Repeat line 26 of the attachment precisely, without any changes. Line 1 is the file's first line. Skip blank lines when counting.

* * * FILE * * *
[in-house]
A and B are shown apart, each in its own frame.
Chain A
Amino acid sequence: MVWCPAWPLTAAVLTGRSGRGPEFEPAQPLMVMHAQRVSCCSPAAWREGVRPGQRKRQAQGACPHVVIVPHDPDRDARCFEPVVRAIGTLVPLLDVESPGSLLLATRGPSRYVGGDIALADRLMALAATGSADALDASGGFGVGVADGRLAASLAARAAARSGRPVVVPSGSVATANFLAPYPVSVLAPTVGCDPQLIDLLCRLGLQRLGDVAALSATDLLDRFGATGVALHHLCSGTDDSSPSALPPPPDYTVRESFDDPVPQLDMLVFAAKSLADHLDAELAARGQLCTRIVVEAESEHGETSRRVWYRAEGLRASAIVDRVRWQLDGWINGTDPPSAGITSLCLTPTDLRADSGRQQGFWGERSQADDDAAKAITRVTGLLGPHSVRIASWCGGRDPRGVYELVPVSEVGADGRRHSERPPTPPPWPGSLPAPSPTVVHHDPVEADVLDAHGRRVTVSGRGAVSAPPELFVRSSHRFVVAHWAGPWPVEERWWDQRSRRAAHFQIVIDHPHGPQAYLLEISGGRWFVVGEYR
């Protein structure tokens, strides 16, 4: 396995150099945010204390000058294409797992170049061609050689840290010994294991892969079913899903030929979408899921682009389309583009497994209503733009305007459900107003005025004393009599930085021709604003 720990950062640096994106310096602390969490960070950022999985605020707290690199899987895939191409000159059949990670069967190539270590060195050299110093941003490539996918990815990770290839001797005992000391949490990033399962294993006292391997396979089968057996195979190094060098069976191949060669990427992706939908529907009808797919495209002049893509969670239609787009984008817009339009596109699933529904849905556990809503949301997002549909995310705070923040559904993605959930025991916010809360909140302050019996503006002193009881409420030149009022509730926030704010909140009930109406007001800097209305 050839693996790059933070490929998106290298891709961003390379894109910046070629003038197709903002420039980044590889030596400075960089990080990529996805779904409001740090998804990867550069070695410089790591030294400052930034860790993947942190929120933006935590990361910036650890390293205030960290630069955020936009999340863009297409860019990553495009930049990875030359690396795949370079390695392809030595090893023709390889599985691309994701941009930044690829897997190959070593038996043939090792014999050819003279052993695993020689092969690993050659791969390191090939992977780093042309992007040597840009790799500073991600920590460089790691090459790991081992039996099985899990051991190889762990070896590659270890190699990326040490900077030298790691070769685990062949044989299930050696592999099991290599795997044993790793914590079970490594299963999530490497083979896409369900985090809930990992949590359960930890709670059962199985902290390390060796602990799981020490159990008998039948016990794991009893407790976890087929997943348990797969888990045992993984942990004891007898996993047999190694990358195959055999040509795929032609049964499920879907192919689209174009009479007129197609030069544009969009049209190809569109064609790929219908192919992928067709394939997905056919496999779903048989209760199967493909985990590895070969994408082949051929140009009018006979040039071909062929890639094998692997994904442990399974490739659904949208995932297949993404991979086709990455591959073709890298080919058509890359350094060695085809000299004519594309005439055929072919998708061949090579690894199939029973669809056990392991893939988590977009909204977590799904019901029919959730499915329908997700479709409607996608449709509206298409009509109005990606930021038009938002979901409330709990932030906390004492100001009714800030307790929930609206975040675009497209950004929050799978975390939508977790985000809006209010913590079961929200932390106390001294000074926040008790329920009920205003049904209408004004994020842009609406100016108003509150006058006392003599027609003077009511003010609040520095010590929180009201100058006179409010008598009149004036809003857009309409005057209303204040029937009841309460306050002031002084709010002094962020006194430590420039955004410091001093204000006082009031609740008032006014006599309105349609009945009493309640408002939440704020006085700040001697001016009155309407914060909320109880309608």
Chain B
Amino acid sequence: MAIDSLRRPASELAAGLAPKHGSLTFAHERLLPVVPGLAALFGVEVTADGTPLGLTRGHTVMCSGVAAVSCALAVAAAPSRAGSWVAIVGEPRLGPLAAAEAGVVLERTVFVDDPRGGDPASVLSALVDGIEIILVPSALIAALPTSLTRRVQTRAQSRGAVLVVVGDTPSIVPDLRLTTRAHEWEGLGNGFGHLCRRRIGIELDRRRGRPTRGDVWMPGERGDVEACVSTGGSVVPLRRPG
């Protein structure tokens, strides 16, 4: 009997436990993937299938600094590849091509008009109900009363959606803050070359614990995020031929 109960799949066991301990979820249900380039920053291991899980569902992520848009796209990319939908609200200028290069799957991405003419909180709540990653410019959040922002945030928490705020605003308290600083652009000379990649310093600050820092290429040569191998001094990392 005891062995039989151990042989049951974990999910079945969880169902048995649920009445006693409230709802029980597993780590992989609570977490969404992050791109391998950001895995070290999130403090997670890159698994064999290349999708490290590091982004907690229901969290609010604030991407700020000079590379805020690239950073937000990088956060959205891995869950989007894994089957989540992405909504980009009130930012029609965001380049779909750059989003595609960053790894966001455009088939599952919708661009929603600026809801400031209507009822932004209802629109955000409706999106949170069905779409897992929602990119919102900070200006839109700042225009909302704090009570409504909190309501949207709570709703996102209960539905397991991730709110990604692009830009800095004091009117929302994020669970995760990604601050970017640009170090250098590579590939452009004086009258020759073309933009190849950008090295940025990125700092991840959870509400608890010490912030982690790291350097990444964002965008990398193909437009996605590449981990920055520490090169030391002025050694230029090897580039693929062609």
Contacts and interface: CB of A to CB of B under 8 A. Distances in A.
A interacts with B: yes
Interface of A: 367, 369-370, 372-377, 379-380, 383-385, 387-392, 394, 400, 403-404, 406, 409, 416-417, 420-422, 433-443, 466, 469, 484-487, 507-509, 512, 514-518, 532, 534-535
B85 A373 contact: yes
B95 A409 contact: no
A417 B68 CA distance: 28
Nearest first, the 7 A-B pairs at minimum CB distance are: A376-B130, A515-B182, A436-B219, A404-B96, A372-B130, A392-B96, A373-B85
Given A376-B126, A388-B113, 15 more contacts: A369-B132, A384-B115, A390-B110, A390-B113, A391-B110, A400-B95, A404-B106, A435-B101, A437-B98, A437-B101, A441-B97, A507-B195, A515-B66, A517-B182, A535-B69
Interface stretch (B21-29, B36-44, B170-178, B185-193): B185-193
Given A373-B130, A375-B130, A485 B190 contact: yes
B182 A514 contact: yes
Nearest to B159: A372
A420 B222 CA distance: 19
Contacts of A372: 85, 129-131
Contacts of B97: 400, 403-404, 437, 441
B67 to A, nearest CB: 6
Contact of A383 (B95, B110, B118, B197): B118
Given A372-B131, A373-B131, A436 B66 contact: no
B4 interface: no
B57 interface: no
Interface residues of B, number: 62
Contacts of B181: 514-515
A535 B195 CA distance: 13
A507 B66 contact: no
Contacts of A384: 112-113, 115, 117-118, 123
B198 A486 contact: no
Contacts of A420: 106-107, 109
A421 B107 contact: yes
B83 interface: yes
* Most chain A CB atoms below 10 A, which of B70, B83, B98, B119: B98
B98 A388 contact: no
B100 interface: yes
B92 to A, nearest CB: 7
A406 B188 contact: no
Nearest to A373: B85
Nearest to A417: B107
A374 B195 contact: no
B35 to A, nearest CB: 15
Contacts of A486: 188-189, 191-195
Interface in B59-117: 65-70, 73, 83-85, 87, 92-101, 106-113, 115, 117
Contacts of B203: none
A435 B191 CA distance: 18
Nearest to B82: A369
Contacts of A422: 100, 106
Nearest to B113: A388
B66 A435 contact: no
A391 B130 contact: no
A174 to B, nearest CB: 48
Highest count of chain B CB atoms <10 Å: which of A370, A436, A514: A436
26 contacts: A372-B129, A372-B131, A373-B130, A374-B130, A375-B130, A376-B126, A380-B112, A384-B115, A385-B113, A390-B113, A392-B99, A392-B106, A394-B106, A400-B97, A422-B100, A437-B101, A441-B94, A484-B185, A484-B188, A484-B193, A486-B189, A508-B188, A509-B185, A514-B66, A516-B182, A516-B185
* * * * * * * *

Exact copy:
Given A372-B131, A373-B131, A436 B66 contact: no